Secondly, they also helped launch the culture of now-popular game series or sequels ( 'Akalabeth' gave birth to the 'Ultima' series ). Nonetheless, the genre by itself was still primitive and crude. A far cry from what we have today in terms of design and the presence/absence of an interactive user interface. There were still a lot of room for improvement, something that ushered the next era of the evolution of RPGs - The Silver Age
Despite the promising developments that were witnessed in the mid-1980s, computer RPGs were barely a recognizable genre as they are in 2017. In place of the adventure and arcade games we have today, there were only a few hard and cumbersome commercial games that dominated the gaming realm. And it wasn't until the unveiling of the 'Ultima I' series that computer RPGs begin to take the shape that we can recognize today. On seeing the success and popularity that this trailblazing game franchise enjoyed, other developers took up the challenge and, soon enough, new series cropped up in the gaming arena. One of them is 1981's 'Wizardry: Proving Grounds of the Mad Overlord' created by one Sir-Tech. Just as you would expect, 'Wizardry' enjoyed unprecedented popularity spanning over two decades. Two other crucial games were released during this era: 'Dungeons of Daggorath' and the 'Tunnels of Doom.' A few versions of these two sequels are still reasonably playable and rewarding to this day.
All in all, these four years of early computer RPG development was characterized by a steeper growth curve than we will see in the next 30 years. At this juncture, it is safe to say that although there wasn't any single game that contained all ( or most ) of the sought-after qualities that represent an ideal computer RPG today, you could already choose and pick some of these elements from one or two individual games of this era. These demure precursors of modern computer role-playing games then ushered the way for the Golden Age.
It was barely 1985 and never before had there been such an unprecedented increase of comparatively high-quality commercial computer games available to the common man. A good instance was the 1985 release of 'Tales of the Unknown Vol. 1: The Bard's Tale' by Interplay. This RPG, which then morphed into a hugely popular trilogy, was by then the most advanced, addictive and intuitive computer franchise in the late 80s. It was challenging enough to keep you on toes throughout a gameplay session, yet intriguing enough to attract a middle-class mainstream audience. It was so far from the shabby entrants of the late 70s that computer fantasy games became overnight bestsellers as developers tapped on the genre's immense popularity and the natural scarcity of these games.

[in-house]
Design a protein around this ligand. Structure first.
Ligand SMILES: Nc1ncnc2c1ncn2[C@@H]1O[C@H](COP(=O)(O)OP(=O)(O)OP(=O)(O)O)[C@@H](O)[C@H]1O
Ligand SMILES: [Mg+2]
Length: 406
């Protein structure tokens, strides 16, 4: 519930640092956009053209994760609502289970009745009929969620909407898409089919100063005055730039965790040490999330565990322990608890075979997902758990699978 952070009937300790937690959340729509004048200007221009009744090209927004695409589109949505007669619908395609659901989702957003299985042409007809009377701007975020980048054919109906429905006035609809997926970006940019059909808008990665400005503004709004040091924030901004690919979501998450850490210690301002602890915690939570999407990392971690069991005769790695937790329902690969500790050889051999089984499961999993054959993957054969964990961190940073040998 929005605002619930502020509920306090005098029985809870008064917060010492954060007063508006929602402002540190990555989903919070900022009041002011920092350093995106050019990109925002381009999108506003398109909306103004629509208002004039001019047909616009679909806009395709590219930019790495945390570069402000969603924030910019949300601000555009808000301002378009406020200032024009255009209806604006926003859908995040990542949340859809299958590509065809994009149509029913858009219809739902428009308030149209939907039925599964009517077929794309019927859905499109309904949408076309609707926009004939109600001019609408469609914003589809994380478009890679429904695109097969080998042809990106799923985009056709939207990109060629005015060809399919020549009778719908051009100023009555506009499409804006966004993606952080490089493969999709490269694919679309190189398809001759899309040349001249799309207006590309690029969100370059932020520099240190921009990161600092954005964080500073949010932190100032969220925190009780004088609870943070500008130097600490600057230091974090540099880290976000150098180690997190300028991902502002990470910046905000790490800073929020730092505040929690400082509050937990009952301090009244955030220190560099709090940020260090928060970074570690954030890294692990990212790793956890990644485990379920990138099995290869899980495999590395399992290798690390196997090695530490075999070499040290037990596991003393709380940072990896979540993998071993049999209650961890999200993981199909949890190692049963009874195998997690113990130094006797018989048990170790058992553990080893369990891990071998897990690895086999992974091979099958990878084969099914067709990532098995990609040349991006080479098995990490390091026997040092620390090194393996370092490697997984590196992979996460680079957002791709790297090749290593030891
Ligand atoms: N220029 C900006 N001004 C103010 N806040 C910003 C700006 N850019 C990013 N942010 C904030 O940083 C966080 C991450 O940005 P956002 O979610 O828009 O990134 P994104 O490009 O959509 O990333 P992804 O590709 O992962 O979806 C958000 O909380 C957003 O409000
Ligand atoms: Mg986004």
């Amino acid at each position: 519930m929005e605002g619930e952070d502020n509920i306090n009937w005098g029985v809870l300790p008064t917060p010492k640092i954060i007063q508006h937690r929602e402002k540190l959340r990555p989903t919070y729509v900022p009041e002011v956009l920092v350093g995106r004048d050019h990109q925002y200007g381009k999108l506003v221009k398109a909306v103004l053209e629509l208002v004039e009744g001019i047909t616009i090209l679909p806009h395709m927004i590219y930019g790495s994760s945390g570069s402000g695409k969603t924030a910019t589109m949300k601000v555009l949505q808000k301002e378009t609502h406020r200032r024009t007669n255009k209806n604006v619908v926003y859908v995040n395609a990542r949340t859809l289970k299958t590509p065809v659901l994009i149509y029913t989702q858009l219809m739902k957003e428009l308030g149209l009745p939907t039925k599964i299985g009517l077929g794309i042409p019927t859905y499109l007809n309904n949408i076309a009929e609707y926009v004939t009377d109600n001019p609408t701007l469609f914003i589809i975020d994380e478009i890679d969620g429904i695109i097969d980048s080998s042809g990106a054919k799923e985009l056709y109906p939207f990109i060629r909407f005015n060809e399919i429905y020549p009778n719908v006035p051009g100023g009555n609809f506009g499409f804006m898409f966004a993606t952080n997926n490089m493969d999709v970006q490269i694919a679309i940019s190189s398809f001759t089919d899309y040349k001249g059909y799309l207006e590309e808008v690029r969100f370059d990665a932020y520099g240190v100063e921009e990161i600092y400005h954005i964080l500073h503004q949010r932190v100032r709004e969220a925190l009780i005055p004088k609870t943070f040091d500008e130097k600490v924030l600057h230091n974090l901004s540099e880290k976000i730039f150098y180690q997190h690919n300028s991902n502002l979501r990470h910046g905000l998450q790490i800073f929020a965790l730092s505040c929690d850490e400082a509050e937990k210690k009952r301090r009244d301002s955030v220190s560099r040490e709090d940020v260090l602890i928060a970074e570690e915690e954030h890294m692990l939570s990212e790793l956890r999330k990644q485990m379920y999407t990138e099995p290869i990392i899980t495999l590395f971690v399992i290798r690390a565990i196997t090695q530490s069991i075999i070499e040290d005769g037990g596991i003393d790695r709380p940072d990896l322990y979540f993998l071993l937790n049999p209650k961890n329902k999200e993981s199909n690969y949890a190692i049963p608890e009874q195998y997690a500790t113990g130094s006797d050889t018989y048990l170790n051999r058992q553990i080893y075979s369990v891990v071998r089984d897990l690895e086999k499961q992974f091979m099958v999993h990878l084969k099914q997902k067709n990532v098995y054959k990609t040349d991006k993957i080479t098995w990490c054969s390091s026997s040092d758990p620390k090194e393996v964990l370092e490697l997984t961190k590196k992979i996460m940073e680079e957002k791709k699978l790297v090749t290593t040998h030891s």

That being said, even though 'Wizardly' and 'Ultima' established the convention of RPG computer PC gaming in the early 80s, it was Interplay that really demonstrated that this genre was not just a reserve for hardcore gamers. By 1990, 'The Bard's Tale' was available for both Apple II and enjoy an impressive mainstream appeal from different factions of consumers. In fact, most of you can recognize it as one of the first computer RPG from their youth. The last 'Bard's Tale' game might have been released back in 1991, but it was until 2004 InXile Entertainment reworked the franchise for Xbox, PS2, and Windows with a 'spiritual sequel' angle.
'The Bards Tale' appeal was unmatched until the release of 'Diablo' by Blizzard in 1997. Like the earthshattering ' The Bard's Tale' trilogy before it, this game was so popular that Baen Books, one of the major publishers at the time, launched a sequel of 8 novels just based on the game. Other noteworthy games to published in this era include 'Autoduel' and 'Spy Hunter.' Speaking of which, 'Autoduel' is in the books of history for being one of the pioneering 'open ended' design RPGs. Unlike what we have seen all through, there was now the flexibility of one deciding what goals they wanted to pursue and how they wanted to go about pursuing these goals. Despite its simple and basic graphics, 'Autoduel' drew a significant trajectory that would see other modern warfare RPGs follow even as late as 2006.
The Golden Age of Western RPG also witnessed the rise and rise of post-apocalyptic and sci-fi games such as 'Wasteland' and 'Star Saga.' Apart from ushering in the last modern era of computer games, these two really pushed the boundaries of this fast-rising genre and also demonstrated the tremendous potential and possibilities that RPGs harbored.